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Sunday, May 07, 2006

BART maps

Another example from the thrilling world of transit signage!

The recent BART extension saw trains running south to SFO and Milbrae, where it connects with Caltrain. This service has had trouble, and the scehdules have been shifted around a lot so it won't lose so much money.

In some cases, the schedules have become rather complicated. At peak and non-peak hours, there may be different lines available from Daly City to Milbrae and SFO. One problem that arises is visually representing these schedules in a simple, descriptive format. My photos of maps on the trains didn't come out too well, but I cribbed some details of the various iterations of the maps off the Web:

1)


The initial version shows an example of a variable-length line: only during peak hours does the red line extend past Daly City. This doesn't seem like a big impediment to usability, because the information is clearly presented, and the information is also presented in other formats, such as the signs in the station indicating which destination each train is headed for.

2)


Number 2 extends that concept to two lines, which trade off service during peak and non-peak hours. This isn't too, too confusing, except the user has to recognize that only the routes marked by the diagonal lines are affected by the peak changes. What's more confusing about this presentation is that it implies there's a big loop in the BART tracks. In fact, as far as I can tell there is no such loop, nor is there any direct route from San Bruno to Milbrae that does not go through the SFO station. This does not make the map unusable, but it's sort of problematic to misrepresent the track this way.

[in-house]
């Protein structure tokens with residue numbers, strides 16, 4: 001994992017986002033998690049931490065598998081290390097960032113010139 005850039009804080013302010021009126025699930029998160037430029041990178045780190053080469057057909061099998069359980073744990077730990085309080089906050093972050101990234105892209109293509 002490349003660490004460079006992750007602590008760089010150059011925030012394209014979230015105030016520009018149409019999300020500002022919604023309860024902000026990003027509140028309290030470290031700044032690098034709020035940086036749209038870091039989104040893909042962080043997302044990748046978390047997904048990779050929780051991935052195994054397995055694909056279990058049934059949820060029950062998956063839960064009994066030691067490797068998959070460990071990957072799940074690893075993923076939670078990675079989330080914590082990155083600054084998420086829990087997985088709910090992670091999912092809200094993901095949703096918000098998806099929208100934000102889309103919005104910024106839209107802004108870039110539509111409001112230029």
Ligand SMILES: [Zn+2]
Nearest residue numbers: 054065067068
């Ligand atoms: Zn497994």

3)


The third iteration has a different approach to modeling the track. Unlike any of the others seen here, this map accurately reflects the fact that the tracks do not gracefully loop through SFO – instead, they take a sharp detour into the the station to get there, and take another sharp turn out. This makes the conceptual model implied by the map more accurate than the second map – but is that really any use? Really, it doesn't seem to me that the user gains from knowing more details about the track alignment, so this is a seemingly irrelevant change.

This iteration does away with all the peak/non-peak rules, which is nice because it means less information on the map. However, it adds a new purple route for some reason, which tends to increase the overall complexity. There's also the matter of no one ever riding the stupid thing, but that might not be a design issue so much.

4) (current configuration)


Unlike all the others, the final version shows basically a conventional line, with no special features. The extension has been simplified, and switched to a less busy line, so the system will stop hemmoraging money. I think this model feels more natural than the others, because it doesn't have a bunch of weird rules and complicated networks. It also doesn't misrepresent the track layout too much, though it fails to reflect the fact that Milbrae is actually very close to SFO. Overall I'd argue this is a pretty good combination of realism and comprehensibility.